Following him are rows of people who carry khan mak, a cloth box, banana tree trunks and sugar cane stalks, and so on, with some people playing music on a gong, drums, cymbals, etc. to create a festive atmosphere. When they reach the bride's place, they will send a representative to invite all who came in the procession to come into the house or the ceremonial place.
            For the groom to enter the bride's house to meet her, he will have to talk to some people who will block the entrance with a silver belt to force the groom to pay a certain fee – this is called "the silver gate" (pratu ngoen). After that the groom will encounter the same block but this time with a golden belt known as a "gold gate" (pratu thong). After he manages to satisfy them with the fee, he will be able to pass into the house to negotiate by saying:

"Well, where are all of you going? There are so many of you."

"We bring to this house a precious gem to keep."

"My house has a silver gate and a gold gate. You can't enter so easily."

"That's alright. How much is the fee that would satisfy you?

".........."(the negotiation of the fee).

            Another version of the negotiation is when the groom' procession reaches the bride's house, the groom has to get someone who is a good speaker who will persuade them wit a nice speech full of symbolic language (Buason Thanombun, Interview, Nov. 8, 2008; Inta Laokham, Interview, Nov. 8, 2008).

"What are you doing here? Why have so many people come?"

"Today we bring you a good tree trunk to be planted, seeing that your place has such good soil and water."

"Our house has both a silver and gold gate. We can't let you in so easily. You have to pay a fee to enter."

"How much?"

“……….” (negotiation of the fee).

After they agree on the fee, the groom will say, "Today is a good day, an auspicious day. We bring a precious gem to be set in a ring. We bring some gold to join with yours to be of the same sheet. So, will you the bride's folks be kind to me?"

Then, the elder from the bride's side will reply, "Today is a good day when a man and a woman will live together and help build a house, so please come in."

Spirit calling and wrist tying of the bride and the groom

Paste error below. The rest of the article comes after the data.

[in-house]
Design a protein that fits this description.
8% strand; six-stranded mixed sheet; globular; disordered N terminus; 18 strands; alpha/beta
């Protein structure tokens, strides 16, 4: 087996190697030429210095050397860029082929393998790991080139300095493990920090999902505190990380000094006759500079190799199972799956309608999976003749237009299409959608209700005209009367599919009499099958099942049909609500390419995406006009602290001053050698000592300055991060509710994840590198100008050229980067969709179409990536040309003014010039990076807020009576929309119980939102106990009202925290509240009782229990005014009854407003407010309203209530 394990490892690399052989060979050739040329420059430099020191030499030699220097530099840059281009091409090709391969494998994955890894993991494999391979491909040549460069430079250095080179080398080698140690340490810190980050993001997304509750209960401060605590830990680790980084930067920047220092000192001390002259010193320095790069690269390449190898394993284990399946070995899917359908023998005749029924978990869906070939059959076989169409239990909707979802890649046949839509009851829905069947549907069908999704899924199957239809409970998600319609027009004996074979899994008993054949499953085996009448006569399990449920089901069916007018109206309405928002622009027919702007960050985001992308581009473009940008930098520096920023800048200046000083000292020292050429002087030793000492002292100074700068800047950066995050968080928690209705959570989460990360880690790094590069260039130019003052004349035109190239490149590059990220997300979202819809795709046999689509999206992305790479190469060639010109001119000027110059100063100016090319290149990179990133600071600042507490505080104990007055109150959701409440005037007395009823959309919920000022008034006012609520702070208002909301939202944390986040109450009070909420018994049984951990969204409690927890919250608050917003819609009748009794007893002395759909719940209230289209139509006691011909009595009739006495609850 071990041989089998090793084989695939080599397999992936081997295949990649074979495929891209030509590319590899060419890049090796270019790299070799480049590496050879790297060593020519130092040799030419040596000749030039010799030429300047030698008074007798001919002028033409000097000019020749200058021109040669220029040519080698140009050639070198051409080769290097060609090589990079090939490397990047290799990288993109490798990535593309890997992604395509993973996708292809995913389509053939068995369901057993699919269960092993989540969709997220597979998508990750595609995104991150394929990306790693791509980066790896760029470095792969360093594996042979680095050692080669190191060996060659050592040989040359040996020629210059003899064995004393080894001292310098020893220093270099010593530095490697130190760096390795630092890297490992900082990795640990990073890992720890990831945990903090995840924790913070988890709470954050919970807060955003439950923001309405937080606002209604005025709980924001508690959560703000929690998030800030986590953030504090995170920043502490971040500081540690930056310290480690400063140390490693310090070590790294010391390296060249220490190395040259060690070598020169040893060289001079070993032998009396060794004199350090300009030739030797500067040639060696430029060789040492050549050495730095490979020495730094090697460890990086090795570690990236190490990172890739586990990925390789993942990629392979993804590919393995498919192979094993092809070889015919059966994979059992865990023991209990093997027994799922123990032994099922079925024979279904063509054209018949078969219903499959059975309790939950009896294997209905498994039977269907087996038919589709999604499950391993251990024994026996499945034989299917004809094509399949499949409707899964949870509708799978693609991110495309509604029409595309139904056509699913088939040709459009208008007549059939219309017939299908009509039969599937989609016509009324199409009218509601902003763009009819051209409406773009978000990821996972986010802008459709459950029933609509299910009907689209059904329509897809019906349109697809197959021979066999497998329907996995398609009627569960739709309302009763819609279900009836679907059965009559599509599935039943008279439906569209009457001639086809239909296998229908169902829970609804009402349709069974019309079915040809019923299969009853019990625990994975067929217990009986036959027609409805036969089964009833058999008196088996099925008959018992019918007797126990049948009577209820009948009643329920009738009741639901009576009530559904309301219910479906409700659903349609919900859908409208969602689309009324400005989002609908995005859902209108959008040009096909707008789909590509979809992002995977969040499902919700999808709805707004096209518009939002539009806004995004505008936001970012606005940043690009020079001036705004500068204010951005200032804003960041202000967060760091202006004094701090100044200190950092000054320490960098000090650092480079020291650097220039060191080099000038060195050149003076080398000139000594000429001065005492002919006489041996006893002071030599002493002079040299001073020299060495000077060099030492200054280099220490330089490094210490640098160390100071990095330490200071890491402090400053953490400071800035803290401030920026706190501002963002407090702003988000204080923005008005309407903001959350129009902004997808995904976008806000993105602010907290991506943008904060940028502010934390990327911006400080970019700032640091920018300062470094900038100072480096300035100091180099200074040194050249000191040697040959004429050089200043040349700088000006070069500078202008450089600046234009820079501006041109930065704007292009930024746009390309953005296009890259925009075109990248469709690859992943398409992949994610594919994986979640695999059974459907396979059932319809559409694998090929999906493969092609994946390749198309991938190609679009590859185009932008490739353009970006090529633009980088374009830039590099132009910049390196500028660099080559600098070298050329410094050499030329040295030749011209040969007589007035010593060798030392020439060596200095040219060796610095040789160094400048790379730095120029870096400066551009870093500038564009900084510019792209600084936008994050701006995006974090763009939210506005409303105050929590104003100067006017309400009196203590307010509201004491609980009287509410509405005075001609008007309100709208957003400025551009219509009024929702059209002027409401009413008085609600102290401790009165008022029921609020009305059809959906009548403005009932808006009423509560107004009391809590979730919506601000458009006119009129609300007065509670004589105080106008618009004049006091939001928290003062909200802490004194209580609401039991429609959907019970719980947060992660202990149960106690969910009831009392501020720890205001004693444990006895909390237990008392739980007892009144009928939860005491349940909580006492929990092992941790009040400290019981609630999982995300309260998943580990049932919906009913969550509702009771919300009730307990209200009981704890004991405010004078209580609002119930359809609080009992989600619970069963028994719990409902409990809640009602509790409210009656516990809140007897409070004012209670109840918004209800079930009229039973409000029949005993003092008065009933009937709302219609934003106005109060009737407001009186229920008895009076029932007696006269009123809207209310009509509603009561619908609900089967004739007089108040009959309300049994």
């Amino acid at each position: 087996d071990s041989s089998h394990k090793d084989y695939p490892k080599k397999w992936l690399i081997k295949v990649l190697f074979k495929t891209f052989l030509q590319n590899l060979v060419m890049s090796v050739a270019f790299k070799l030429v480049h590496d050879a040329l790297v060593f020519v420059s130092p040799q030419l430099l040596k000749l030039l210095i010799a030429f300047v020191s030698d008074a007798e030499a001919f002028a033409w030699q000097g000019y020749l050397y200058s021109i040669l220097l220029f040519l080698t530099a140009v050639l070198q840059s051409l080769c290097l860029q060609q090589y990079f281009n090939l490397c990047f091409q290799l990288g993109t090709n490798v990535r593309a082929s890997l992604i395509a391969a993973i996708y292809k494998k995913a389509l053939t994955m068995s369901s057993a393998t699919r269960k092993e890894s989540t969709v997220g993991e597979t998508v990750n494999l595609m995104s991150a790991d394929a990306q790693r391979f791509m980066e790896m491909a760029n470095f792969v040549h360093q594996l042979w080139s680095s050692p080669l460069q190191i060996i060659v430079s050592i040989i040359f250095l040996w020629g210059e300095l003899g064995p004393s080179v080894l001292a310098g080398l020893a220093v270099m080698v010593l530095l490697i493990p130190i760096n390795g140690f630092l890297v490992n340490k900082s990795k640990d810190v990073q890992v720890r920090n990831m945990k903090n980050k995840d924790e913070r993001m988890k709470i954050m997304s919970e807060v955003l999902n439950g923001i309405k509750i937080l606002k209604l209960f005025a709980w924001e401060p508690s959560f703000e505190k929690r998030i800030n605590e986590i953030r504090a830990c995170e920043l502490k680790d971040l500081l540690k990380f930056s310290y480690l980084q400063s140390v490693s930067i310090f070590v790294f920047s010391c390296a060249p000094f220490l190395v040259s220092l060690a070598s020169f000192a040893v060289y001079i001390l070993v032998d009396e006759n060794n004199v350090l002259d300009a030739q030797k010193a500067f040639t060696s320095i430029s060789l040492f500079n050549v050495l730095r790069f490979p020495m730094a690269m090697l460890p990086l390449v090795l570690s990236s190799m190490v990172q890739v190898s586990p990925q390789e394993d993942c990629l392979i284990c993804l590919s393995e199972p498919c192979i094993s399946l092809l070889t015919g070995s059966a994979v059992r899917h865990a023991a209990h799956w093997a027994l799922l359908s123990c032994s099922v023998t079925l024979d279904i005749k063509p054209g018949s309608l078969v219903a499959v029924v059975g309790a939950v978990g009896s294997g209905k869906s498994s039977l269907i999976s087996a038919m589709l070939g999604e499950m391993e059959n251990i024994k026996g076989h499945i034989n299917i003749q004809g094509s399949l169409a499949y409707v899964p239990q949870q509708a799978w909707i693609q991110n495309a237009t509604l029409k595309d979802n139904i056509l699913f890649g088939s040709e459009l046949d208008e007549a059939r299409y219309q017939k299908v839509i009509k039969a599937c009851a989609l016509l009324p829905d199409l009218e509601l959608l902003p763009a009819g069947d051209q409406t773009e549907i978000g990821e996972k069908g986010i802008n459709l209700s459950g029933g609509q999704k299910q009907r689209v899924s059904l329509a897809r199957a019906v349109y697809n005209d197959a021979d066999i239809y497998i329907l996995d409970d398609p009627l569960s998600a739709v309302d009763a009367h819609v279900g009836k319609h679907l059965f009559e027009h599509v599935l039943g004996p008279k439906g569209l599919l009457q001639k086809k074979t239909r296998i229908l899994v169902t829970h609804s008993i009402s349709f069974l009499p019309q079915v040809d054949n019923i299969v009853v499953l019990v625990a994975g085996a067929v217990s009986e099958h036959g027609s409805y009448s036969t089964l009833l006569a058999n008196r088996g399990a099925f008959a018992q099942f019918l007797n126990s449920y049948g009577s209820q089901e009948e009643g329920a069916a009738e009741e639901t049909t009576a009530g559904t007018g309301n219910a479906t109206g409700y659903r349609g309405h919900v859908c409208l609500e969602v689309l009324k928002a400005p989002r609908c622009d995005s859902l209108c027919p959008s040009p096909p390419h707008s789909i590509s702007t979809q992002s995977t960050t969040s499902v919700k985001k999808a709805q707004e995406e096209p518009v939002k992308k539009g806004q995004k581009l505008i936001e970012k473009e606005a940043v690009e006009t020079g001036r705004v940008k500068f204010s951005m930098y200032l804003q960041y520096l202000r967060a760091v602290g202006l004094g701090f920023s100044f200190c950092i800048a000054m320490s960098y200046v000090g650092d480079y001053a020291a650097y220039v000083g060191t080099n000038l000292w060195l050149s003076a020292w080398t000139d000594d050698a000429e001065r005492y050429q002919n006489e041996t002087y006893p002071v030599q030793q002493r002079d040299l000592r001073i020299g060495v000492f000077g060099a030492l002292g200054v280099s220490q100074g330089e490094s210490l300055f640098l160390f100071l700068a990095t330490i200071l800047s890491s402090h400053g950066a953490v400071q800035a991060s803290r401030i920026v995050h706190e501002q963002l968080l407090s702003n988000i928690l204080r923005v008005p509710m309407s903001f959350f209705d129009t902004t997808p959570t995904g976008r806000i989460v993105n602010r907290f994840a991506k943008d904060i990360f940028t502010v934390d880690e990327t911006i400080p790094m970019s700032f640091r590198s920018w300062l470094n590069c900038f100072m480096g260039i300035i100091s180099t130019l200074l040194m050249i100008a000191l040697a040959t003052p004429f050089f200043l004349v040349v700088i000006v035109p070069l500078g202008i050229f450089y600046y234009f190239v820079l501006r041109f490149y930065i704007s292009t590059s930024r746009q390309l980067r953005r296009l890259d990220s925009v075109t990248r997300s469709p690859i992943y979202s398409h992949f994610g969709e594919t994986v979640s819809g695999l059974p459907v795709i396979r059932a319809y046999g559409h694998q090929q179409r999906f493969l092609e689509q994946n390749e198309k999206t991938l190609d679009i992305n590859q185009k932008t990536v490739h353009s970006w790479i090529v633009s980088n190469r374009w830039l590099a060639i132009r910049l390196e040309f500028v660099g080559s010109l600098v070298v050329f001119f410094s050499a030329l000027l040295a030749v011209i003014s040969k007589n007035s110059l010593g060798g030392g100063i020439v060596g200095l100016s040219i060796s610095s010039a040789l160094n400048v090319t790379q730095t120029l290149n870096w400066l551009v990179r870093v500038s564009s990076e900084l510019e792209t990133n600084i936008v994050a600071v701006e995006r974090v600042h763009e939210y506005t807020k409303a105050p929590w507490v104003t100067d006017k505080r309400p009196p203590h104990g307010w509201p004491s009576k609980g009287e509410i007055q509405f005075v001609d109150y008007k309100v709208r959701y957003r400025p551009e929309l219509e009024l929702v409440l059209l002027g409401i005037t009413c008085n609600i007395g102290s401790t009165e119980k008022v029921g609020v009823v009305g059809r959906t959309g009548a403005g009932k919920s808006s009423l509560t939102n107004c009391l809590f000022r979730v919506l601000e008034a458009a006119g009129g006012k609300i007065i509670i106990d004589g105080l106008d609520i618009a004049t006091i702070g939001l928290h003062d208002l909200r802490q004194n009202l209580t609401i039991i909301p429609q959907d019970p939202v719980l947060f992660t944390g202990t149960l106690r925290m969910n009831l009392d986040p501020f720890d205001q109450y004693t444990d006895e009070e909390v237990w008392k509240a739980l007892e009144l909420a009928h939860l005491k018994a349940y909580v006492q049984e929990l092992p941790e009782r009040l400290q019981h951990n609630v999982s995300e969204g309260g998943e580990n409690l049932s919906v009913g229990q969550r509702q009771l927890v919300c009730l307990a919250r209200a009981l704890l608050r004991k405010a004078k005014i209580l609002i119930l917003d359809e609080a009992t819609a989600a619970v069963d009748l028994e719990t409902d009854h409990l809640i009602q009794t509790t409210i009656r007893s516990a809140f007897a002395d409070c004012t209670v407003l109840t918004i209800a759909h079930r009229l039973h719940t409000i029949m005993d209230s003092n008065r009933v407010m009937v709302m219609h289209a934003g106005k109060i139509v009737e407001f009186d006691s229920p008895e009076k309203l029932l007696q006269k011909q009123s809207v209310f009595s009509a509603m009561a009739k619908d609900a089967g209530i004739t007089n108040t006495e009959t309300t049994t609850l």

After the groom has passed the silver and gold gate to the ceremonial place, both the bride and the groom will pay respect to the elders or parents of both sides.

The parents take them to the front where the bride will sit on the left side of the groom. Then the parents and elder relatives and the master of the ceremony will put a cotton thread ring each of their heads. The rings are linked with a cotton thread.

Then the master of the ceremony will chant a prayer to call their spirit to be with them and bless them to love each other forever. The chant is recited in the Lanna language which sounds fascinatingly sweet.
Then he will perform the casting away bad luck ritual to ensure that the couple will have good health and be clear of all problems. The elder people of both the relatives will take the groom and bride by the hand and lead them to the bedroom. On their bed will be some flower petals strewn about in a appealing way. The parents or the honored guests who are married and have lived happily and prosperously together will lie down on the bed as an example for the newlywed couple before the two lie down together for a few seconds. After that the parents and elders give them advice and tips for a long lasting marriage. This is called a "son bao son sao" (teaching the bride and groom) as follows:
            "The two of you should love each other and let the husband be the gem and the wife be the light (shining brightly together) Do not behave like a devil husband and demon wife. May your house be filled with children and may you love each other till death take you away. If the husband acts like fire, the wife should be water. If the husband acquires money, the wife will keep it well (Manee Phayomyong, Interview, Dec. 3, 2008).